March 21, 2011

Arab League: Air strikes 'go too far'

Sunday 20 March 2011
Bill Benfield
Reprinted from

Arab League chief Amr Moussa heavily criticised the air strikes on Libya today, saying they had gone well beyond what the league had backed and were causing civilian deaths.

The Arab League's support for a no-fly zone last week was instrumental in overcoming reluctance at the United Nations for action in Libya.

The UN authorised not only a no-fly zone but also "all necessary measures" to protect civilians.

But Mr Moussa said the military operations had gone far beyond what the Arab League backed.

He said that "what happened differs from the no-fly zone objectives" and "what we wanted was civilians' protection, not shelling more civilians."

Security council member China, which was among five countries that abstained from Thursday's UN vote, also voiced disquiet, expressing "regret" over the air strikes.

Foreign Ministry spokeswoman Jiang Yu said that China "consistently disagrees with the use of force in international relations."

In a statement posted on the ministry's website, he said that China "hopes the situation in Libya resumes stability as soon as possible" to avoid escalation of a military conflict.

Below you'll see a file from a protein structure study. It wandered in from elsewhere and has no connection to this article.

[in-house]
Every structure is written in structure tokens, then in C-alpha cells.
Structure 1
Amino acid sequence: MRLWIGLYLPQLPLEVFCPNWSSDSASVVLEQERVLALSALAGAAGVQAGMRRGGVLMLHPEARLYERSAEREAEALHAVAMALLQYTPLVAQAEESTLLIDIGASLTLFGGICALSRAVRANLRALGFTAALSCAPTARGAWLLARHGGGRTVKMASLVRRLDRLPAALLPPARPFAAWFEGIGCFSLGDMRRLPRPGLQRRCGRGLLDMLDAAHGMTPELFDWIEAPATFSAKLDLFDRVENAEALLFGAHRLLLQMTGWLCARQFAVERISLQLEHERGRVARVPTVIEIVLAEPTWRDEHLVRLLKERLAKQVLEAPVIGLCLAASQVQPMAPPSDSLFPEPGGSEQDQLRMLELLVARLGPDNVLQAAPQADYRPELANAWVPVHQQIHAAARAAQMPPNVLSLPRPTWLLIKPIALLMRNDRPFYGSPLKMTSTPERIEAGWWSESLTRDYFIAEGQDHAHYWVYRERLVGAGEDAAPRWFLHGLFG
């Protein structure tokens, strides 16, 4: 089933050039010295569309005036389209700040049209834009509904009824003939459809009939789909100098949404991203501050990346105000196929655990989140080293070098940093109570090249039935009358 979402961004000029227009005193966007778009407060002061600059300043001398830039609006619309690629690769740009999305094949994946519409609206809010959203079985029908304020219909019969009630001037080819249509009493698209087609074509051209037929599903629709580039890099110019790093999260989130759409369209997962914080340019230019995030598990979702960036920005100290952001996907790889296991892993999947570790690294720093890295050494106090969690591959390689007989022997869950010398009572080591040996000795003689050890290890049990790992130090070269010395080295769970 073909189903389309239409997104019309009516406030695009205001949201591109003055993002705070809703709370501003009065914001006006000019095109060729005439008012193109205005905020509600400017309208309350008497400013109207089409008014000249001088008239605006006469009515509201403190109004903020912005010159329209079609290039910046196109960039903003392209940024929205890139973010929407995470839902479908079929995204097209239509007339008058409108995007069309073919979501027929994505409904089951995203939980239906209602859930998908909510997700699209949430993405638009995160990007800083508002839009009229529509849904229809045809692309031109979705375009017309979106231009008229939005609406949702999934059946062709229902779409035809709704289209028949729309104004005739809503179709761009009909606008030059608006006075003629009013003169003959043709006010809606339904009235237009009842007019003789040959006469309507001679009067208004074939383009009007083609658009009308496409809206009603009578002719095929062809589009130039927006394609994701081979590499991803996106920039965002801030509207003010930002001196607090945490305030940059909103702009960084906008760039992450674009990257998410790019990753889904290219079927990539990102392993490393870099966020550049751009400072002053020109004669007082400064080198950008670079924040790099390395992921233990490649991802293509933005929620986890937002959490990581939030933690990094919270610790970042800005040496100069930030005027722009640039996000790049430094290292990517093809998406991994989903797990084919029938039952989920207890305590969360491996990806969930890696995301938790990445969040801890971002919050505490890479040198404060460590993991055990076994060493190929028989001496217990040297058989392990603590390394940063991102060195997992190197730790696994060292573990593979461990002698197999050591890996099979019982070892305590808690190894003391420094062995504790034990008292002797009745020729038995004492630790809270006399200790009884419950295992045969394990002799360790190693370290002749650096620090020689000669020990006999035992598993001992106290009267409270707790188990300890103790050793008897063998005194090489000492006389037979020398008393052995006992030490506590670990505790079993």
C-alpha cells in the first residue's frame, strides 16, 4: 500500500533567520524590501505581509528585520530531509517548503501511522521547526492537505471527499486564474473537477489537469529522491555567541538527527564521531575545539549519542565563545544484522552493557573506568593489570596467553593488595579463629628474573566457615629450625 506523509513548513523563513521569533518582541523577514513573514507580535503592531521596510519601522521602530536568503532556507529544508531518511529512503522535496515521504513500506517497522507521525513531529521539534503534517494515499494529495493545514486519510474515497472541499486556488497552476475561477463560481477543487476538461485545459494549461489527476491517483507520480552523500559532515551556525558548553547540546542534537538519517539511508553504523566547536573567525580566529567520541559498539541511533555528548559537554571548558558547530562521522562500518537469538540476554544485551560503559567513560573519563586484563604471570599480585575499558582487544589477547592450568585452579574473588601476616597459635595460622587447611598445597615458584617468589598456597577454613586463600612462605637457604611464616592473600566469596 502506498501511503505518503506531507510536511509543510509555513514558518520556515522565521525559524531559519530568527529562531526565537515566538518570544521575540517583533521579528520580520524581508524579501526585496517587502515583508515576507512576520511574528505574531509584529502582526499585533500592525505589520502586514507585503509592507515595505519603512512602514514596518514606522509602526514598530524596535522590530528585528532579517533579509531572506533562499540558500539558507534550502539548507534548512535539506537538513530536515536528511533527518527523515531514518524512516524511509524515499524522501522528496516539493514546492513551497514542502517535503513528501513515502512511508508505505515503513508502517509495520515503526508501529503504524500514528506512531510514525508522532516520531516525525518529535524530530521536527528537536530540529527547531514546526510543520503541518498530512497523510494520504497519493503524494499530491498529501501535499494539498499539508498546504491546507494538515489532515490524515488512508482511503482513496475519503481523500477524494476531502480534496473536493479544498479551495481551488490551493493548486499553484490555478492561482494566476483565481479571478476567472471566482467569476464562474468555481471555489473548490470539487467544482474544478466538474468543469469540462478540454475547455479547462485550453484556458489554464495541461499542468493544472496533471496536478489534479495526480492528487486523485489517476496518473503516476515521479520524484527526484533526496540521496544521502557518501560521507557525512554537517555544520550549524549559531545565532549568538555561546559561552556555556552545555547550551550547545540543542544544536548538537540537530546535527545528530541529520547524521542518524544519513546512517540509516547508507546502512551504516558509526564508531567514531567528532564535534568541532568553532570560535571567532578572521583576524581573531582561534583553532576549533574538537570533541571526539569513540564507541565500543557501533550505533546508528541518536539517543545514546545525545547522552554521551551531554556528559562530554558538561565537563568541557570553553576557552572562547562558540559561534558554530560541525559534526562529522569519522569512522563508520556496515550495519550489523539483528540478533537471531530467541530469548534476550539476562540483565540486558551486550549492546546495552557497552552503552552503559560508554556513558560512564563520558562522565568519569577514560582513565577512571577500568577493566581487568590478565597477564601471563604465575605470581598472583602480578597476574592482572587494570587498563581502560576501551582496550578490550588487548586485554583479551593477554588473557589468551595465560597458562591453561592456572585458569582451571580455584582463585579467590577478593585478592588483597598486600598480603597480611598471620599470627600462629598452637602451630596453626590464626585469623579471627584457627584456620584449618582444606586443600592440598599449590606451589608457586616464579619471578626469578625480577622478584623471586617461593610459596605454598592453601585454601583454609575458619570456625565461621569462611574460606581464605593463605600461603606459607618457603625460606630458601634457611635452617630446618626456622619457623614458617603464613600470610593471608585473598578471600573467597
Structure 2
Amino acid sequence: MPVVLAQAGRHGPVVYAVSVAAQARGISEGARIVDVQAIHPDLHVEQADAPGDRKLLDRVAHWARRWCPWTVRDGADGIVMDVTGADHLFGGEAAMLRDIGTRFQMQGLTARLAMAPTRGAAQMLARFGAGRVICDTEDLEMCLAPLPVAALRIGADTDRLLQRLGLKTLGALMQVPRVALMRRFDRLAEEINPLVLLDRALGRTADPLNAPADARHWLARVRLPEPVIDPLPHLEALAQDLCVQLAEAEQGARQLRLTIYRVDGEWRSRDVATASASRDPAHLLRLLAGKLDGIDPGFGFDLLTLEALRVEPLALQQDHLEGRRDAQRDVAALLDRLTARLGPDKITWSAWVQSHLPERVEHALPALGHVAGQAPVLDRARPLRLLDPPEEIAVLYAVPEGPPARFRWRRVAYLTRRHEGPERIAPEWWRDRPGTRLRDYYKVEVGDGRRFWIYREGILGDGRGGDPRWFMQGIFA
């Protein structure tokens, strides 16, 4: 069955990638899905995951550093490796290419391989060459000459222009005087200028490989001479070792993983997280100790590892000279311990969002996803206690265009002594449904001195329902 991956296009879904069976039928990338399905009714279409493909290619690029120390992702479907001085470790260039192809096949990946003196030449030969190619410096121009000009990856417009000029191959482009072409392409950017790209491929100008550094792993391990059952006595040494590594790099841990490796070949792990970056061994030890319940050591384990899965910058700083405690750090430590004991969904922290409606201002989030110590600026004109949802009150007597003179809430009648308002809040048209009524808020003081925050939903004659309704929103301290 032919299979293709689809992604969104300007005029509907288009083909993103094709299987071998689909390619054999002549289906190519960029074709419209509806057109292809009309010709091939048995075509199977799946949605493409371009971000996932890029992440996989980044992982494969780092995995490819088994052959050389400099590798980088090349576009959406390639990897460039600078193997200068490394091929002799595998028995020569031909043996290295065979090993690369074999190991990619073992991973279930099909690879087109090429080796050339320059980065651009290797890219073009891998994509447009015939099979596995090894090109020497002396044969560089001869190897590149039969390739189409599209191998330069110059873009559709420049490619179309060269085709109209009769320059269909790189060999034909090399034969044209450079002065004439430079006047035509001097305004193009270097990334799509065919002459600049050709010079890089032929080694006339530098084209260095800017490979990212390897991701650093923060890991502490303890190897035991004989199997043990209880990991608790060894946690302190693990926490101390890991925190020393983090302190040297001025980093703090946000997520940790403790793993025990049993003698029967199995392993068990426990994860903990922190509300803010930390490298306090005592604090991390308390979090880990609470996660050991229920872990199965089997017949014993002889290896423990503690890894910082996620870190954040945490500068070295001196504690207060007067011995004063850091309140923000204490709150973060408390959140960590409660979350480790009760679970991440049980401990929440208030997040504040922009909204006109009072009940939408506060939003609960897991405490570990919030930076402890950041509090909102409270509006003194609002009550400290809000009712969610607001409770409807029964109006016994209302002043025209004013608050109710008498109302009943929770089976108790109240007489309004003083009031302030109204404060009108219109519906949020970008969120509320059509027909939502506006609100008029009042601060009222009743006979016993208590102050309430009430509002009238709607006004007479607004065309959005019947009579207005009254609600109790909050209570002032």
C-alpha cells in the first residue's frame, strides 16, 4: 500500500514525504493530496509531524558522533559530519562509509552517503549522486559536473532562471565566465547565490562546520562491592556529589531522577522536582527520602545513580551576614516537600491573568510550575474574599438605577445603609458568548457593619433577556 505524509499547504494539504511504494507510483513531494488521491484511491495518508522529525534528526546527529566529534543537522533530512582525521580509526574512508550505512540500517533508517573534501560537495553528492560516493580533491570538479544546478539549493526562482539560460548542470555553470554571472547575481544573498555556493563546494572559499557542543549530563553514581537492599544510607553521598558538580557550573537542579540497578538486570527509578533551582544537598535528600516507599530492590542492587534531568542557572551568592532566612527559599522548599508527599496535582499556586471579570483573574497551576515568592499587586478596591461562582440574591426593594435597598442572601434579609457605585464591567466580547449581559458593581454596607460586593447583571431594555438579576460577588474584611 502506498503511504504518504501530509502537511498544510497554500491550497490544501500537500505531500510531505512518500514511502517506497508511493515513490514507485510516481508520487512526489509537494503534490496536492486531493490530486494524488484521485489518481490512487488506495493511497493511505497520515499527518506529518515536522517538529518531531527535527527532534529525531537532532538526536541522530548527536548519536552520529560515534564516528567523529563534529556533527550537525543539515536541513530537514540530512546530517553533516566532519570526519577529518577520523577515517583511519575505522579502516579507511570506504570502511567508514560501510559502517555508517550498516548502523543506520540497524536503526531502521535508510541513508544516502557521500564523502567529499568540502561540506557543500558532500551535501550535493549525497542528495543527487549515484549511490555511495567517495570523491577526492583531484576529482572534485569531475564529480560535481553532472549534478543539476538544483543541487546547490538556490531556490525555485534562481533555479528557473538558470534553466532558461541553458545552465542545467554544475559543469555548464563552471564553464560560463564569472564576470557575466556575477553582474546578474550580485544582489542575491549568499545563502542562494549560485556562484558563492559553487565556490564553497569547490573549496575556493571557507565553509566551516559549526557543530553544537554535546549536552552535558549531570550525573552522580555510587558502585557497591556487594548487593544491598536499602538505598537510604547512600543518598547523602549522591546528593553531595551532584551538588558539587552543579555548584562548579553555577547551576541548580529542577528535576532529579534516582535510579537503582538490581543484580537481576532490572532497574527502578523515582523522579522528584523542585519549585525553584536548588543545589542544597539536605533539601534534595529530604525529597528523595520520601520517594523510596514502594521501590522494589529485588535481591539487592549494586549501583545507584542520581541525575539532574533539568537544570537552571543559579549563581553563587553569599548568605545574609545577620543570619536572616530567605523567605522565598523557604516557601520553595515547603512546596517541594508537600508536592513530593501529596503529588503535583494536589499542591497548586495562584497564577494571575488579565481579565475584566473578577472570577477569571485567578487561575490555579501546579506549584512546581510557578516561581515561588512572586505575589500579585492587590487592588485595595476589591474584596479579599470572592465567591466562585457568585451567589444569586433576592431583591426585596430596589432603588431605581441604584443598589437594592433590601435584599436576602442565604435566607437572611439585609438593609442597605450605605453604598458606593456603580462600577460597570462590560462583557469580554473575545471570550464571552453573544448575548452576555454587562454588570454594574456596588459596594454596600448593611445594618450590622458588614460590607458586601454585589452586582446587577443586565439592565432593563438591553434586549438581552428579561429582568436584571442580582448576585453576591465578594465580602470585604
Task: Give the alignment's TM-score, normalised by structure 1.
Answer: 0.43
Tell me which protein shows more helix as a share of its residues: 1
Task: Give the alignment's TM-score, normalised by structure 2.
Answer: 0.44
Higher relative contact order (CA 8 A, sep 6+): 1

And fellow council member Russia went even further, calling on the international military force striking against Libyan targets to stop its "indiscriminate" use of violence.

A statement issued by Russian Foreign Ministry spokesman Alexander Lukashevich said the air strikes exceeded the mandate of the security council resolution, which authorised necessary measures to protect civilians.

He said that the US and European air raids have hit non-military targets in the Libyan capital and three other cities.

As a result, he said, 48 civilians have been reported dead and more than 150 wounded, while a medical centre was partially destroyed.

Meanwhile, in Rome, Pope Benedict XVI issued an urgent appeal to military and political leaders to consider the safety of Libyan civilians and ensure that they have access to emergency aid.

The Pope said that the outbreak of hostilities had sparked "great fear and alarm in me" and said he was praying for peace in the region.

He directed his appeal to "those who have the political and military responsibility to take to heart the safety and security of citizens and guarantee that they have access to humanitarian aid."

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